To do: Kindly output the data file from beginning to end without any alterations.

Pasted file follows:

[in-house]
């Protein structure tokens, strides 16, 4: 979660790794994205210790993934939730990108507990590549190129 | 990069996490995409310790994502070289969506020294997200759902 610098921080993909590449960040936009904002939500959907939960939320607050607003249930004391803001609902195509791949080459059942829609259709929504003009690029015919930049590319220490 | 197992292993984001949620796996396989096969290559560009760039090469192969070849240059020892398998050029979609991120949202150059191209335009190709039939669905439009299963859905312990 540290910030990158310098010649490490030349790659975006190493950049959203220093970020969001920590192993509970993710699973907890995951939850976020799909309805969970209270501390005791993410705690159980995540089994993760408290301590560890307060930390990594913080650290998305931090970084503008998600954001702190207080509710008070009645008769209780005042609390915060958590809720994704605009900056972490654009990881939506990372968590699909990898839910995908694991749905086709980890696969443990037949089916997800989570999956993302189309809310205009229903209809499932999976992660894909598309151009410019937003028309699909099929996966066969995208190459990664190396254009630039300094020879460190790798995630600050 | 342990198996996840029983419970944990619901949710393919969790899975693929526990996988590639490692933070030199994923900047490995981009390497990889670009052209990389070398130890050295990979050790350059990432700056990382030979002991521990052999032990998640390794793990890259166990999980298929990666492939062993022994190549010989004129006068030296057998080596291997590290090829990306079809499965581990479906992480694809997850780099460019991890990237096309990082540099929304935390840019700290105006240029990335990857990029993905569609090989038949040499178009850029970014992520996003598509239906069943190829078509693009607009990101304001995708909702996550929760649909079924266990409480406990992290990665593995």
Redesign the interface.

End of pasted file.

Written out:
[in-house]
């Protein structure tokens, strides 16, 4: 979660790794994205210790993934939730990108507990590549190129 | 990069996490995409310790994502070289969506020294997200759902 610098921080993909590449960040936009904002939500959907939960939320607050607003249930004391803001609902195509791949080459059942829609259709929504003009690029015919930049590319220490 | 197992292993984001949620796996396989096969290559560009760039090469192969070849240059020892398998050029979609991120949202150059191209335009190709039939669905439009299963859905312990 540290910030990158310098010649490490030349790659975006190493950049959203220093970020969001920590192993509970993710699973907890995951939850976020799909309805969970209270501390005791993410705690159980995540089994993760408290301590560890307060930390990594913080650290998305931090970084503008998600954001702190207080509710008070009645008769209780005042609390915060958590809720994704605009900056972490654009990881939506990372968590699909990898839910995908694991749905086709980890696969443990037949089916997800989570999956993302189309809310205009229903209809499932999976992660894909598309151009410019937003028309699909099929996966066969995208190459990664190396254009630039300094020879460190790798995630600050 | 342990198996996840029983419970944990619901949710393919969790899975693929526990996988590639490692933070030199994923900047490995981009390497990889670009052209990389070398130890050295990979050790350059990432700056990382030979002991521990052999032990998640390794793990890259166990999980298929990666492939062993022994190549010989004129006068030296057998080596291997590290090829990306079809499965581990479906992480694809997850780099460019991890990237096309990082540099929304935390840019700290105006240029990335990857990029993905569609090989038949040499178009850029970014992520996003598509239906069943190829078509693009607009990101304001995708909702996550929760649909079924266990409480406990992290990665593995």
Redesign the interface.